17 Feb

Chili: 6,000-year-old seasoning?

Scientists found fossil evidence that ancient Americans from southern Peru up to the Bahamas were cultivating varieties of chilies about 6,000 years ago.

Three University of Calgary researchers, together with international colleagues, have traced the earliest known evidence for the domestication and spread of chili peppers by analyzing starch microfossils recovered from grinding stones, sediments and charred ceramic cookware. Their report is published in the Feb. 16 issue of the journal Science.

The discovery makes chili peppers one of the oldest documented domesticated food sources in the Americas and contributes significantly to the current understanding of ancient agricultural practices in the Americas.

“Some people who have described ancient food ways as being simple will probably have to rethink their ideas because of this work,” said lead researcher Linda Perry of the Smithsonian National Museum of Natural History.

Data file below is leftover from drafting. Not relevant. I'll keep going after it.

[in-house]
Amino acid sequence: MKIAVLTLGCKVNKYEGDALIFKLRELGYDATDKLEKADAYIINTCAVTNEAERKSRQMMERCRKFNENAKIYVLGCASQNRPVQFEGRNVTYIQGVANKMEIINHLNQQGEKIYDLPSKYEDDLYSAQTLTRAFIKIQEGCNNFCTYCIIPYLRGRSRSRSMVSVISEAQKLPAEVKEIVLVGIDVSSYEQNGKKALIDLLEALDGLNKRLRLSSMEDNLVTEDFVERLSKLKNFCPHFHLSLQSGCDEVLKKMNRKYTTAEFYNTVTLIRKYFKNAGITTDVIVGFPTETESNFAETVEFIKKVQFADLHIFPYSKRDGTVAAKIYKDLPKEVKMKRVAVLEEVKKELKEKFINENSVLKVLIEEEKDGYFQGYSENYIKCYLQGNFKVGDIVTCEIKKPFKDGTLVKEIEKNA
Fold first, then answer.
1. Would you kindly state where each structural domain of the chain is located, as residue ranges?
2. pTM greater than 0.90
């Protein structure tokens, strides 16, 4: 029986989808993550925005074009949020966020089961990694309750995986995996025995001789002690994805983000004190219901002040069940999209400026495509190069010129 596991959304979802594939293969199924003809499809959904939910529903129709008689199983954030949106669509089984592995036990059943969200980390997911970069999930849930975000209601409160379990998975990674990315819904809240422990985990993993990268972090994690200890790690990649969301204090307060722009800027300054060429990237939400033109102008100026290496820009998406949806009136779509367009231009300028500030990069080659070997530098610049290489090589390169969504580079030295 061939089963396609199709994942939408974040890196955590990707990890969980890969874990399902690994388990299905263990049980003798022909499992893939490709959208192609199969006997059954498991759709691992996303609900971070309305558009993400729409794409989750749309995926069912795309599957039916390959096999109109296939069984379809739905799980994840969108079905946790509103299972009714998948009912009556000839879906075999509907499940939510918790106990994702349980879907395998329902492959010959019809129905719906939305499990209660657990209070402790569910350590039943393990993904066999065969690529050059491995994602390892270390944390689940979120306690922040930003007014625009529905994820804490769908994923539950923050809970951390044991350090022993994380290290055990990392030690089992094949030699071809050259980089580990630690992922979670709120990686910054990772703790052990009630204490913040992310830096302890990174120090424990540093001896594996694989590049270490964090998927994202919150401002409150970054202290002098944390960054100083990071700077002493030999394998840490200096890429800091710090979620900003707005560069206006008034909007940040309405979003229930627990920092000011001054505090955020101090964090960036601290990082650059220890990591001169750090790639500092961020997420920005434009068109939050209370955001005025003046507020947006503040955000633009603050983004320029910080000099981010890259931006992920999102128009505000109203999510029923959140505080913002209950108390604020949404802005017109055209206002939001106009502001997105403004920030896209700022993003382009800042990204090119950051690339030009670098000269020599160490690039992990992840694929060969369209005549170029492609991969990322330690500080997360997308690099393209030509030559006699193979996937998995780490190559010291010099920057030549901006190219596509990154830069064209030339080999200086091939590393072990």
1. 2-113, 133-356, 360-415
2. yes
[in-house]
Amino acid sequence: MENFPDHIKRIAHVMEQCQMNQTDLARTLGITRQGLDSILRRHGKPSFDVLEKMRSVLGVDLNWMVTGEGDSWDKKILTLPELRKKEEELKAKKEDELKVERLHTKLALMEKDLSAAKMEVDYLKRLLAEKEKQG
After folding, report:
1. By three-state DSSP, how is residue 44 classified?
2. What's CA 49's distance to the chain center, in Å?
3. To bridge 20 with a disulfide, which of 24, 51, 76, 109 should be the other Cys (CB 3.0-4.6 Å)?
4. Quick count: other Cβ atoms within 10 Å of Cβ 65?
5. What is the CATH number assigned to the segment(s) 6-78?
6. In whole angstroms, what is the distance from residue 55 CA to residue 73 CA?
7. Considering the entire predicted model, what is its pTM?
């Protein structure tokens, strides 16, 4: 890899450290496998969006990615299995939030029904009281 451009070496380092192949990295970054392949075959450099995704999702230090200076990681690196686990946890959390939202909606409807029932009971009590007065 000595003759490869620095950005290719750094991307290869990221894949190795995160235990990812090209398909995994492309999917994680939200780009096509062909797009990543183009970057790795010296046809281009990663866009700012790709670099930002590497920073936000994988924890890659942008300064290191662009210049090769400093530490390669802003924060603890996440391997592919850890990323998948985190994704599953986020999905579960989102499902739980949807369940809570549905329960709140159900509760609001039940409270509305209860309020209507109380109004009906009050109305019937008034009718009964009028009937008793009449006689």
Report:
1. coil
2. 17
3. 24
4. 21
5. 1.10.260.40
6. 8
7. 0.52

Early Latin American peoples would have found chili peppers, which are rich in vitamin C, to be an excellent complement to fish and starchier foods like maize, beans, yams, according to the study.

“It’s also an excellent disguiser,” said the University of Calgary’s Raymond. “If something’s not tasting quite right, you can always throw a few chilies in the pot.”

Christopher Columbus brought the chili pepper to Europe after his discovery of the Americas, and the fiery fruit quickly became a favored condiment across the globe.

Now the hunt is on for the first site of homegrown chilies. It can’t be Ecuador, too far from where wild chilies flourish in Bolivia and Brazil.

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One Response to “Chili: 6,000-year-old seasoning?”

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